Twenty-five years ago, in a bi-partisan celebration of what is best about living in Iowa, the Legislature created and Gov. Branstad signed into law an innovative program to protect Iowa's natural heritage for future generations.
Iowa's Resource Enhancement and Protection Program - or REAP - has stood the test of time, providing more than $300 million to an incredible diversity of outdoor projects. This one was in the cards. Right out of the chute, everybody got it right. In light of what REAP provides Iowans, it has inspired tremendous loyalty across the state. At last count some 37,000 of us help pay for REAP-themed license plates on our vehicles, many with the iconic goldfinch with a wild rose design.
The timely availability of funds is critical to whether or not a conservation project can succeed. Conservation projects often involve multiple levels of government, along with private conservation organizations and community volunteers, all of whom have limited time and their own range of priorities. Because of all the hard work required to pull a project together, worthy projects can be upended by a lack of funding when the time is right.
Unfortunately, since the inception 25 years ago, the Legislature has never funded REAP at its authorized level. The consequence is that many worthy projects to conserve soil, protect clean water, provide recreational opportunities and improve wildlife habitat have been left unfunded. We can do better. We need the Legislature to fully fund REAP. By its design, REAP is uniquely suited to help conservation and outdoor recreation projects in Iowa succeed.
Some resources are directed to all 99 counties and some are available through competitive grants. Both urban and rural areas benefit. Many different types of conservation, recreation and historic preservation projects benefit from REAP.
Iowans respect the REAP process - so much so that in 25 years, the formula used to distribute funds has never been changed. How many other government programs stand the test of time that well? Not many. In Iowa's long history, no other government-funded program for conservation has been so successful. It's a pity that it is underfunded.
Moose on the loose
Officials in eastern Iowa say a moose trekking through the area may be the same one spotted a few months ago. Eric Wright, a conservation officer with the Iowa Department of Natural Resources, said the creature seen in Cedar County could be the same one seen around Linn County in December. The moose has now shed its antlers, so it is difficult to do a comparison. But a moose in Iowa is a rare occurrence and this creature is not too far from the earlier spotting in Linn County. DNR officials began receiving reports of moose sightings near Stanwood. The moose appears to be healthy, but there is concern for its survival if it continues south.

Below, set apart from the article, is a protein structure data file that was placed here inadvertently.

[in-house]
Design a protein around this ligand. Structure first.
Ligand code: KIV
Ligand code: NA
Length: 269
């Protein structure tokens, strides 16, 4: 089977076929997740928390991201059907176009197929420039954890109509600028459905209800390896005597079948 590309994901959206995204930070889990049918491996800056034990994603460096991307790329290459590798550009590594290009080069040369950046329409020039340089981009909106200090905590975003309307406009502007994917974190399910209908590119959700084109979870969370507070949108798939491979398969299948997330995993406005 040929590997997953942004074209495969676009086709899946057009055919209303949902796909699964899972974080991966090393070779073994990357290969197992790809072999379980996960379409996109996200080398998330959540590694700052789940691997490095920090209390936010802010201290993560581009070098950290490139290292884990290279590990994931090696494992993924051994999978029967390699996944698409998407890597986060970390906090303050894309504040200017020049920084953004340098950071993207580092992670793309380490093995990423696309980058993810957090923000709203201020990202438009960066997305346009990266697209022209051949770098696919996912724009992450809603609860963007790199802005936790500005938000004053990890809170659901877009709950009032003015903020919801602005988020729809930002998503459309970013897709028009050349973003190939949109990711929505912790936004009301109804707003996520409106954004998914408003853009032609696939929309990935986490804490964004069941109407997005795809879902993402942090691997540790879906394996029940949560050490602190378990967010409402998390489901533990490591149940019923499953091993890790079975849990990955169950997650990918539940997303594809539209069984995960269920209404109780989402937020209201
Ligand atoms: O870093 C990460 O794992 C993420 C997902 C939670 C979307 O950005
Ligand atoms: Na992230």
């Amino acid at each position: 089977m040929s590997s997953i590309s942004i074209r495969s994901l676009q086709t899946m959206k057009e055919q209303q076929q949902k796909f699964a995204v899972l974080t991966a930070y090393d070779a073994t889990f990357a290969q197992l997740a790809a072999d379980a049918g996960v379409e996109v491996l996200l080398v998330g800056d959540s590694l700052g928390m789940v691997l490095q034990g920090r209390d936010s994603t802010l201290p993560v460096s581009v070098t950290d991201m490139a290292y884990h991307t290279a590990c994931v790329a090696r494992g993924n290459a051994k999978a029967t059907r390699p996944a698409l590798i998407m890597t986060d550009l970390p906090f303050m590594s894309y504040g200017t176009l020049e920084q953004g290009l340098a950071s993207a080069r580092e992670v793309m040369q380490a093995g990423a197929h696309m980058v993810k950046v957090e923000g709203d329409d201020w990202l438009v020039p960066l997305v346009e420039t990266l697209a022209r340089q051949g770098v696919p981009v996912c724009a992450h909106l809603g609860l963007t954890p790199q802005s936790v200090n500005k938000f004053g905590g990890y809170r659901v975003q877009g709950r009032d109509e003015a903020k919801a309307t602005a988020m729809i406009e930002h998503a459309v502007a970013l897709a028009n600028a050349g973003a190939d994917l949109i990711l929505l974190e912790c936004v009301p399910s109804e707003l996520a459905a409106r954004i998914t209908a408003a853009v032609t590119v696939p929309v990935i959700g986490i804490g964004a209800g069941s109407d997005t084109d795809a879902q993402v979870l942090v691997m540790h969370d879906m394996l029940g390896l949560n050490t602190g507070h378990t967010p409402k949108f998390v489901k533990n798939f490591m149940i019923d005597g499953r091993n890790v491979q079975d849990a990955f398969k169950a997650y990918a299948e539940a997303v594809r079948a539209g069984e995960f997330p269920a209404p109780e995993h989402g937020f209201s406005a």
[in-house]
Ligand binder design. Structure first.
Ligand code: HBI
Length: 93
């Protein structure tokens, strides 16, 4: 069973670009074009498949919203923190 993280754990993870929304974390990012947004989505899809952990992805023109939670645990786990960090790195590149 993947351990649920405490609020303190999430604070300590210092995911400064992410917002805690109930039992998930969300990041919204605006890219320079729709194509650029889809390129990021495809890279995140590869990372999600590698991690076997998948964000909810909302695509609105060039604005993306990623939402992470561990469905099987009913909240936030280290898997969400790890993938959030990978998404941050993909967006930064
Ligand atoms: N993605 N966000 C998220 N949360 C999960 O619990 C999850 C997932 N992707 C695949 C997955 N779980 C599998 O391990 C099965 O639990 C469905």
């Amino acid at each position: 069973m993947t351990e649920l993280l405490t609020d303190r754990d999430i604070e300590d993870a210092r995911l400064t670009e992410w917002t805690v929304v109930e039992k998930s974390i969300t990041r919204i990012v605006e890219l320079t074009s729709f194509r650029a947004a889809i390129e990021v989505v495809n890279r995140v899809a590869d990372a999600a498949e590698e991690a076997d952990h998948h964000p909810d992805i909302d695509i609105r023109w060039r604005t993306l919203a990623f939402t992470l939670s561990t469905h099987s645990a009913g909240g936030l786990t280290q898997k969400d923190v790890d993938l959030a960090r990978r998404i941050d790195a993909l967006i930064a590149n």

Mountain lion shot
A large male mountain lion was shot and killed in a wooded area near the Rock River, approximately four miles south of Rock Valley in Sioux County. A hunter checking his trail camera the previous evening first spotted the lion. When the cat, sitting about 40 yards away, did not move, the man slowly backed away and called a neighbor. Returning to the spot, the mountain lion was still in the same place, but walked away from a buck deer it had recently killed. The men then called conservation officer John Sells. Sells checked the area and was able to verify the lion by its paw prints and trail camera prints. The big cat was in the area and did not move until one of the men nearly stepped on it.
Both Sells and the other man shot and killed the mountain lion.
"This was definitely something I did not want to do, but this cat was within a few hundred yards of a house with small children who often play in the woods exactly where the lion was," Sells said.
The mountain lion was a larger animal than other cats that have been killed or spotted in Iowa, weighing an estimated 180 pounds. The cat did not have any tattoos or other signs of having been raised in captivity. Tissue samples were taken to have DNA analysis done to try and determine where the mountain lion originated. Most mountain lions that have been spotted in Iowa have been males driven from their territories in western states.
And now have a good weekend.